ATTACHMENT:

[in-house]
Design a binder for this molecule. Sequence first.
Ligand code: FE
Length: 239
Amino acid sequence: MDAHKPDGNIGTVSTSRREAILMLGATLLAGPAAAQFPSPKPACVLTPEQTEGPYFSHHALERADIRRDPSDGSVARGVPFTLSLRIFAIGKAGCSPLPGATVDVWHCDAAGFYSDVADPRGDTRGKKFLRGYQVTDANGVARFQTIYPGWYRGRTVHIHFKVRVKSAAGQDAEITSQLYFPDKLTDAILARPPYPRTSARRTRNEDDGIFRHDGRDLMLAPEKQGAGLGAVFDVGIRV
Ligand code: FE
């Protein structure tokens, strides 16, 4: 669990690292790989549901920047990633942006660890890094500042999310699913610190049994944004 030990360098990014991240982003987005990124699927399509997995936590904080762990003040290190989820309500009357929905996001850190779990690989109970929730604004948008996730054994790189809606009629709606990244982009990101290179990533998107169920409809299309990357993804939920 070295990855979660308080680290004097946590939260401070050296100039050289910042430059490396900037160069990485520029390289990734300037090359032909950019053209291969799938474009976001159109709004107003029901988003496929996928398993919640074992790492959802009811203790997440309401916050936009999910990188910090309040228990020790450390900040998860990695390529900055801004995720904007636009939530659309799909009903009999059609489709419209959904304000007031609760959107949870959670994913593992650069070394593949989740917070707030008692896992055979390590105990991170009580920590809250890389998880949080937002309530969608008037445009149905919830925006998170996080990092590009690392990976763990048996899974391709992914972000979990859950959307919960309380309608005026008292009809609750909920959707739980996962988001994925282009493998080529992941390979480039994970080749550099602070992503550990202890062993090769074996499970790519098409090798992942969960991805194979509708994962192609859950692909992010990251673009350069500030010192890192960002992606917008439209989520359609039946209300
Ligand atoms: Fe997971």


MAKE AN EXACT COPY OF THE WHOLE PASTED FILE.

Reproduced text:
[in-house]
Design a binder for this molecule. Sequence first.
Ligand code: FE
Length: 239
Amino acid sequence: MDAHKPDGNIGTVSTSRREAILMLGATLLAGPAAAQFPSPKPACVLTPEQTEGPYFSHHALERADIRRDPSDGSVARGVPFTLSLRIFAIGKAGCSPLPGATVDVWHCDAAGFYSDVADPRGDTRGKKFLRGYQVTDANGVARFQTIYPGWYRGRTVHIHFKVRVKSAAGQDAEITSQLYFPDKLTDAILARPPYPRTSARRTRNEDDGIFRHDGRDLMLAPEKQGAGLGAVFDVGIRV
Ligand code: FE
């Protein structure tokens, strides 16, 4: 669990690292790989549901920047990633942006660890890094500042999310699913610190049994944004 030990360098990014991240982003987005990124699927399509997995936590904080762990003040290190989820309500009357929905996001850190779990690989109970929730604004948008996730054994790189809606009629709606990244982009990101290179990533998107169920409809299309990357993804939920 070295990855979660308080680290004097946590939260401070050296100039050289910042430059490396900037160069990485520029390289990734300037090359032909950019053209291969799938474009976001159109709004107003029901988003496929996928398993919640074992790492959802009811203790997440309401916050936009999910990188910090309040228990020790450390900040998860990695390529900055801004995720904007636009939530659309799909009903009999059609489709419209959904304000007031609760959107949870959670994913593992650069070394593949989740917070707030008692896992055979390590105990991170009580920590809250890389998880949080937002309530969608008037445009149905919830925006998170996080990092590009690392990976763990048996899974391709992914972000979990859950959307919960309380309608005026008292009809609750909920959707739980996962988001994925282009493998080529992941390979480039994970080749550099602070992503550990202890062993090769074996499970790519098409090798992942969960991805194979509708994962192609859950692909992010990251673009350069500030010192890192960002992606917008439209989520359609039946209300
Ligand atoms: Fe997971």